Winning back the aam investor
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Budget must address a middle class hurt by unfair practices of financial services institutions
The forthcoming Union budget will be presented against the backdrop of several structural distortions in the economy. One distortion seen over the past two to three years is how large amounts of savings are moving into gold purely as an investment avenue. Gold imports nearly doubled in just one year (2011-12) to $60 billion. This was unprecedented. Gold imports alone were about 3.5 per cent of the GDP. If they hadn't doubled in 2011-12, and had remained in the normal range of $30 to $35 billion, the current account deficit would have been far more benign, around 2.5 per cent of the GDP, rather than 4.2 per cent, which is regarded as very risky.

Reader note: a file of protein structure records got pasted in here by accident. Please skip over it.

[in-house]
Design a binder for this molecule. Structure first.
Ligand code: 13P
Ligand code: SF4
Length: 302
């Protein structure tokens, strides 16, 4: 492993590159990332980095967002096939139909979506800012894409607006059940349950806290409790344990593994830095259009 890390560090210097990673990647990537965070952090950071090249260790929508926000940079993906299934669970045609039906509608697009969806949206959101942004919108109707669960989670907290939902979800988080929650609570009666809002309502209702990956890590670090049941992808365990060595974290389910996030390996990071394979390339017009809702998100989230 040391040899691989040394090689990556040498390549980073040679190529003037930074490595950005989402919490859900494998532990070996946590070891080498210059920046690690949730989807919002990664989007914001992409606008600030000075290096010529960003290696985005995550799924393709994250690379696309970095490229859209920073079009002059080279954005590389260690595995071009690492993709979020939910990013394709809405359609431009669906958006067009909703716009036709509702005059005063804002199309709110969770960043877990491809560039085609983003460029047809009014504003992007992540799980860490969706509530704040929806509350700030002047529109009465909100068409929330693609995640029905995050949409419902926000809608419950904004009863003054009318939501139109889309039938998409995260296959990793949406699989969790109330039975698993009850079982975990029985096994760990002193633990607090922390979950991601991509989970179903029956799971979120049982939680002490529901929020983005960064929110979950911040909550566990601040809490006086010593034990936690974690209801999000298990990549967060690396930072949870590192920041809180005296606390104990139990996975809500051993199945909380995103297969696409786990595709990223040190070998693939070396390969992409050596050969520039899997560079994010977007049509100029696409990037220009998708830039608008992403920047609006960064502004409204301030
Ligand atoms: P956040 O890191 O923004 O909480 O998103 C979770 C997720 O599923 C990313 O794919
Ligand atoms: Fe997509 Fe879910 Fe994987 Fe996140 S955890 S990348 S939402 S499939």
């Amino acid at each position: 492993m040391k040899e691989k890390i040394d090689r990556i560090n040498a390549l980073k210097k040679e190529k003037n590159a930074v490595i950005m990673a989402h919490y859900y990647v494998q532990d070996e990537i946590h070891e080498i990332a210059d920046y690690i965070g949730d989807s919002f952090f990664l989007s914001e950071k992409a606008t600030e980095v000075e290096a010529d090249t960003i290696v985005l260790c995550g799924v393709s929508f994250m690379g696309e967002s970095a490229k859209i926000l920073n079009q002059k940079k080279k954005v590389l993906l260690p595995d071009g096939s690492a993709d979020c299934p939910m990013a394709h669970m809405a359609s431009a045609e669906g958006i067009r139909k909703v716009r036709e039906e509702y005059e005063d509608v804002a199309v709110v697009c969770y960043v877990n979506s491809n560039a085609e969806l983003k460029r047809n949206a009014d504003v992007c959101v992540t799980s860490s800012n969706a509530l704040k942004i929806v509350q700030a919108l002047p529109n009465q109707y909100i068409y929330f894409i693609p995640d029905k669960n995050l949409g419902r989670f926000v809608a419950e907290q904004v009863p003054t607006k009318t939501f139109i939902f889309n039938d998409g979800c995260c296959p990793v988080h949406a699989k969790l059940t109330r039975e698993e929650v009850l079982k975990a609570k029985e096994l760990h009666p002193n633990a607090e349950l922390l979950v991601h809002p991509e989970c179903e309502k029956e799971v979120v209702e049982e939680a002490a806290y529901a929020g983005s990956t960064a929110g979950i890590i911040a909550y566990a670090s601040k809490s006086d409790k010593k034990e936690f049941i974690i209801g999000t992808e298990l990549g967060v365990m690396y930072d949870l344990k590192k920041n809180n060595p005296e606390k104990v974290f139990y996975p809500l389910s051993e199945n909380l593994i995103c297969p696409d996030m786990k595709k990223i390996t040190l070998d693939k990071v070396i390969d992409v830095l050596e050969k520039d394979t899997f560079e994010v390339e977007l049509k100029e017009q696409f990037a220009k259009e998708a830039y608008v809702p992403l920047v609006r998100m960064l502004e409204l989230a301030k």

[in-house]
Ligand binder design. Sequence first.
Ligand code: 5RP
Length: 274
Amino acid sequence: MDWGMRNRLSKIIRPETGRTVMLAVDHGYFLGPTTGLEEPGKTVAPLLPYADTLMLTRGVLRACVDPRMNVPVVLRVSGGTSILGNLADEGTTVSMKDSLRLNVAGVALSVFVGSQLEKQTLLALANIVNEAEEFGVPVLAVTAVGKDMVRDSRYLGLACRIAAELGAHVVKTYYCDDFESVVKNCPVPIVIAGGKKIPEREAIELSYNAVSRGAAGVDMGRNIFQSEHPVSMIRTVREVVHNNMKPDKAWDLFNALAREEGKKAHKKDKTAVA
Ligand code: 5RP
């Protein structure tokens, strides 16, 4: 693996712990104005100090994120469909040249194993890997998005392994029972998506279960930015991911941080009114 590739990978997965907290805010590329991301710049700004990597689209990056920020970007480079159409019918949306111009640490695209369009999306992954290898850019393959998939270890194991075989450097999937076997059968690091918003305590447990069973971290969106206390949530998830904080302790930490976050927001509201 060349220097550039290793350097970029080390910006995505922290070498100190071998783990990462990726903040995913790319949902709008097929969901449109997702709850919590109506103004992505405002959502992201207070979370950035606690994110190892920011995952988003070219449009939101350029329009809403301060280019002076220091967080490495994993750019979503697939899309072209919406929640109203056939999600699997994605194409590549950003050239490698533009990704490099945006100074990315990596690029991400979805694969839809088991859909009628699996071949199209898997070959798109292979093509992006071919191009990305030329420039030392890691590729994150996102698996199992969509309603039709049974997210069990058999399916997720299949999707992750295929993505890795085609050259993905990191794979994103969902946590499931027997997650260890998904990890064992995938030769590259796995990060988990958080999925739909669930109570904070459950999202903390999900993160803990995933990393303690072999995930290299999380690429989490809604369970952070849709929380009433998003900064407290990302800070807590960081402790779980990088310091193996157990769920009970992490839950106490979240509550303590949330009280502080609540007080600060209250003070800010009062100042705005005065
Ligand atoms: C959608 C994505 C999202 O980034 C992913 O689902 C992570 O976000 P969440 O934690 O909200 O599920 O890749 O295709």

It is this bulging current account gap that caused the exchange rate to become so volatile in the last quarter of 2011, when it rapidly slipped to Rs 56 to a dollar, raising fears that it would touch Rs 60. The government then began raising the import duty on gold to prevent high gold import. However, that is hardly a solution as gold smuggling is back in fashion. In this financial year, gold imports have not abated significantly and the RBI governor has warned that the current account gap in 2012-13 might be even higher at 5 per cent of the GDP, exacerbated by negative export growth. This is not good news.
There is a reason why small and middle investors are preferring gold as an investment prospect while moving out of other equity-linked financial products, particularly mutual funds and insurance-linked investment instruments where massive savings were being channelled earlier. A large number of middle class investors have found, to their utter dismay, that banks and insurance companies had been consciously mis-selling pension, insurance cum investment products to savers, informally suggesting a certain minimum tax-free return that could be withdrawn within five years or so.